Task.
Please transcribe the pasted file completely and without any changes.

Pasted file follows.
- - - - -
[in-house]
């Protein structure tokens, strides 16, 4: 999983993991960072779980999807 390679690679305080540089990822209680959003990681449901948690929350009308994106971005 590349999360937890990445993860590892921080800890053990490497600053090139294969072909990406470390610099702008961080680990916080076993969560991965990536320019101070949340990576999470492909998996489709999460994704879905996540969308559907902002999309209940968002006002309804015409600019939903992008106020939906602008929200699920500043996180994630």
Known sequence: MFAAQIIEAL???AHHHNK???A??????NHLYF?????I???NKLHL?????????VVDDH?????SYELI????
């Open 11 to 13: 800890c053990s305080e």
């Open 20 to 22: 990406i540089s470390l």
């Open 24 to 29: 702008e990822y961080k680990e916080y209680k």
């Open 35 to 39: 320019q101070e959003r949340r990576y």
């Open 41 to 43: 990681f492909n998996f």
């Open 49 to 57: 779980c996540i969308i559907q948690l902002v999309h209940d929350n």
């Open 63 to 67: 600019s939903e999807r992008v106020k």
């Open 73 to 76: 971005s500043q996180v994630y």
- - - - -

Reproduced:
[in-house]
């Protein structure tokens, strides 16, 4: 999983993991960072779980999807 390679690679305080540089990822209680959003990681449901948690929350009308994106971005 590349999360937890990445993860590892921080800890053990490497600053090139294969072909990406470390610099702008961080680990916080076993969560991965990536320019101070949340990576999470492909998996489709999460994704879905996540969308559907902002999309209940968002006002309804015409600019939903992008106020939906602008929200699920500043996180994630």
Known sequence: MFAAQIIEAL???AHHHNK???A??????NHLYF?????I???NKLHL?????????VVDDH?????SYELI????
């Open 11 to 13: 800890c053990s305080e």
């Open 20 to 22: 990406i540089s470390l």
């Open 24 to 29: 702008e990822y961080k680990e916080y209680k």
């Open 35 to 39: 320019q101070e959003r949340r990576y």
């Open 41 to 43: 990681f492909n998996f």
């Open 49 to 57: 779980c996540i969308i559907q948690l902002v999309h209940d929350n």
């Open 63 to 67: 600019s939903e999807r992008v106020k």
């Open 73 to 76: 971005s500043q996180v994630y």